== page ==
Back in the nineties Ashurst was seen as pretty much the best firm at which to work in the City. The cliche was that it punched above its weight, with Magic Circle quality but mid-sized training. Its crown may have slipped a little since then, but it still remains one of the most highly regarded firms in the City.
Like all chasing pack firms Ashurst has had to make some tough decisions over its future, and there are concerns that it hasn't been entirely focused in this. Its previous strategy was to grow organically into the leading European law firm, but it hasn’t been shy of pursuing mergers. Clifford Chance and Latham & Watkins were both rejected as suitable targets, as was Fried Frank.
The firm's senior partner, Charlie Geffen, made it clear at the end of 2008 that he wanted the firm to invest further in Asia and the Middle East and since then Ashurst has entered into an association with Hong Kong firm Jason Woo & Associates and opened an Abu Dhabi office. Then in September 2011 the firm confirmed that it would be merging with Aussie Big Six firm Blake Dawson, forming a newly minted firm which will spread over four continents. Blakes will be taking the Ashurst name in March 2012 and the merger is expected to be fully completed by 2014.
So it's abandoned the previous commitment to organic growth, but will the new strategy work make Ashurst a truly global firm? It may have lost valuable ground to its competitors whilst it was dithering around, but its reputation and profits are strong and the merger with Blakes means that it will have to be taken seriously as a global competitor.
The credit crunch took its toll on the firm - especially given the Ashurst's exposure to private equity and finance - and turnover for 2009/10 fell just under the £300m barrier at £293m. But things are on the up, with the figures for 2010/11 showing a 3% increase in turnover to £303 million. It's not hitting the dizzy heights of 2007/08's £323 million, but the firm clearly remains ambitious. And with the Blake's merger seriously bolstering the firm's Asian presence, Ashurst is expecting to pull in revenues of over £550 million pushing the firm right up into the UK top ten.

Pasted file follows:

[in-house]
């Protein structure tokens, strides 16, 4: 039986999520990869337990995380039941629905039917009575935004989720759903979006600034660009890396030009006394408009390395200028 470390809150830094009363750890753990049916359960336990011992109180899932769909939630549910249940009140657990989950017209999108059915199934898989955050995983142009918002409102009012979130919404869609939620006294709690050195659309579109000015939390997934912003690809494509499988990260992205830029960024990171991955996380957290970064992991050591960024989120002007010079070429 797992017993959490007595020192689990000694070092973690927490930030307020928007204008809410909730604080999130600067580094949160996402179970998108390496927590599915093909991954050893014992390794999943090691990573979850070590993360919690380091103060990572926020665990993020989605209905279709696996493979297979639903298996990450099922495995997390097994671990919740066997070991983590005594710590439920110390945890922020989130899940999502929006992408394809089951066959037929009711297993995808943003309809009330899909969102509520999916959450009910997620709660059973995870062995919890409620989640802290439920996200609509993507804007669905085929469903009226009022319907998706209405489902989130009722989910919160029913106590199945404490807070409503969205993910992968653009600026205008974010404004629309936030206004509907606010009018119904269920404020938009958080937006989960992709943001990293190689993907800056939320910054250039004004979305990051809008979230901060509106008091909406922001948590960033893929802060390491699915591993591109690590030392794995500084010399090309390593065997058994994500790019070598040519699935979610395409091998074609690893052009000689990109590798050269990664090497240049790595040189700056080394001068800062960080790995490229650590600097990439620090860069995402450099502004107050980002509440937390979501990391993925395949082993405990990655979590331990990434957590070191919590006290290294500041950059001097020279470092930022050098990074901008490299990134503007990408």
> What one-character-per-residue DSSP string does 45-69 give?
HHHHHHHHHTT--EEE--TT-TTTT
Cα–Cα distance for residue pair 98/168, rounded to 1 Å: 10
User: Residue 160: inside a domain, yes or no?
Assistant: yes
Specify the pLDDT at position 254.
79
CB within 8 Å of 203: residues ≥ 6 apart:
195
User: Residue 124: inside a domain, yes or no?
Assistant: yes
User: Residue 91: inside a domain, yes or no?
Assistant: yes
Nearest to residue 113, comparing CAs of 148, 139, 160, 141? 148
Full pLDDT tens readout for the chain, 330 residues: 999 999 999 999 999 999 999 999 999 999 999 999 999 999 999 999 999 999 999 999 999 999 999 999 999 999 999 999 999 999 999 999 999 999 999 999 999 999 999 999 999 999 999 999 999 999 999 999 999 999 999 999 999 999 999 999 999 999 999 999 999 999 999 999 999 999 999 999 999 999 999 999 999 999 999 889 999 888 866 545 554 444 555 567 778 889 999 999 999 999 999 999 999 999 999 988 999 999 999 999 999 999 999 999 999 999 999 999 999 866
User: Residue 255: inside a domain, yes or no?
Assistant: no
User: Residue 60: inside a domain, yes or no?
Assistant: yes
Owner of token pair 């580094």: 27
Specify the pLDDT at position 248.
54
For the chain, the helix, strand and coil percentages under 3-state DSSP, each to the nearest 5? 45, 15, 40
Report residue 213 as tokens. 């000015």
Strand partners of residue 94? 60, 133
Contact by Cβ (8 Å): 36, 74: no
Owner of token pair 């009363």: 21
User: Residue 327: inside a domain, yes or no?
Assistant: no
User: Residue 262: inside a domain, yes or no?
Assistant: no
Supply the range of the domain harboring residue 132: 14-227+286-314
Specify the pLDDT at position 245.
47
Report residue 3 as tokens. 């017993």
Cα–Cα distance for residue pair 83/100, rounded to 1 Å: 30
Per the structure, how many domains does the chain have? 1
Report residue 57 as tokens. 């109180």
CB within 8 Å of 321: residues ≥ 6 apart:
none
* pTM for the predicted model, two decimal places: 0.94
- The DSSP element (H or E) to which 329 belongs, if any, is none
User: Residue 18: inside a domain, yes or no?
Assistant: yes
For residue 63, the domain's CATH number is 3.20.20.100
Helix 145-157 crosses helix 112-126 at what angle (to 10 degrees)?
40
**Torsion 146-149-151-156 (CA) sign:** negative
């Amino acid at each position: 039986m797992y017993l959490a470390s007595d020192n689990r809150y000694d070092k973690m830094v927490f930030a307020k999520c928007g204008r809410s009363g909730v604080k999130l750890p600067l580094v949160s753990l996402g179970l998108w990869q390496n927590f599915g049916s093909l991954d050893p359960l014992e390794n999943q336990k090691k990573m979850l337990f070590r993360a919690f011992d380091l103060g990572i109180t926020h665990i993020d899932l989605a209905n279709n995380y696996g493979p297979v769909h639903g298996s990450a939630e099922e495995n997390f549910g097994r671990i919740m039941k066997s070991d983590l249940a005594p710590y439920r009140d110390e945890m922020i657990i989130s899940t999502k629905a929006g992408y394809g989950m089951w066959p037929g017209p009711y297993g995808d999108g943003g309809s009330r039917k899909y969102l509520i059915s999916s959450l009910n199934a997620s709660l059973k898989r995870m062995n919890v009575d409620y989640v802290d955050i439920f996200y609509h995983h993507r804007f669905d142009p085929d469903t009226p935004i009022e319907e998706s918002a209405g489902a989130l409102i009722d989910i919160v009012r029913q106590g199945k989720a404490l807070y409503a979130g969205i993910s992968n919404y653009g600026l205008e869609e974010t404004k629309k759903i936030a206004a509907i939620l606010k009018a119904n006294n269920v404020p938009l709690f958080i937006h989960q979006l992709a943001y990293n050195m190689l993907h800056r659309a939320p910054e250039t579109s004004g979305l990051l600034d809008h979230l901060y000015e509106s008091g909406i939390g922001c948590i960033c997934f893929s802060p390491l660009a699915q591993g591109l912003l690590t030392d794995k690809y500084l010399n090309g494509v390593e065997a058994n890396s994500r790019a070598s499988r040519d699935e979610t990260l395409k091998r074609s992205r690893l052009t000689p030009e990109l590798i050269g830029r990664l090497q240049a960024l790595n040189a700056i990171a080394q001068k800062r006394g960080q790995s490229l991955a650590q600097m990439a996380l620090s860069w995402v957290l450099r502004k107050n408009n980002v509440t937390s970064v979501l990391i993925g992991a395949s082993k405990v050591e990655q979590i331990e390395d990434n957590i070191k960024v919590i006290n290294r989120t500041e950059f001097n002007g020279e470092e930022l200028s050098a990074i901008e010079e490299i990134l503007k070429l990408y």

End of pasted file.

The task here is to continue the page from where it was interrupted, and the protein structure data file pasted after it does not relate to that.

Ashurst is predominantly a corporate and finance firm. It boasts a corporate department pretty much as good as any in the Magic Circle, with an MBO team better than all of them. And despite the downturn, the firm's finance team is managing to notch up some big instructions, including advising on William Hill's £1.2 billion refinancing (one of the largest capital raisings of 2009) and advising a consortium of sponsors on the acquisition of Gatwick Airport. Other departments are also highly regarded, particularly property, tax litigation and its strengthening international finance team.
Lawyers seem to be generally happy. One associate comments that the firm is “friendly and collegiate yet still values the individual
”. Another says, “many colleagues who have left comment on how the culture at Ashurst is much more cordial and relaxed than the firms they have moved to
” although this doesn't necessarily mean that the hours will be relaxed
as one associate remarked, Ashurst "remains an ambitious firm...lawyers will have to work silly hours
". But it seems that there's still time for some binge drinking, at least amongst the junior lawyers, it’s pretty sociable; one trainee notes “‘Lash-hurst
’ is a deserved if cringey name...”
The combination of top-drawer clients and the fact it is relatively small in size means that Ashurst is an excellent place to train. As in any top firm - especially such a corporate driven one - lawyers will have to work silly hours a lot of the time, but at least it's doing big ticket work for top whack pay.
Promotion prospects have generally been seen as reasonable. 20 partners were made up in 2007, whilst 17 new partners were made up in 2008, of which eight were London based. However, along with many firms, however, caution about growth reduced the numbers of those entering partnership in 2009 and 2010 to ten and 11 respectively. And there are suggestions that this has led to an increased pessimism amongst associates about partnership prospects. Also the firm still lacks a viable alternative to partnership to compete with the likes of Allen & Overy’s counsel role or BLP’s associate directorships. And “trying to eat with the "compostable" cutlery (which melts in even tepid food) is an exercise in ritualised humiliation”.
For info on graduate recruitment at Ashurst, click here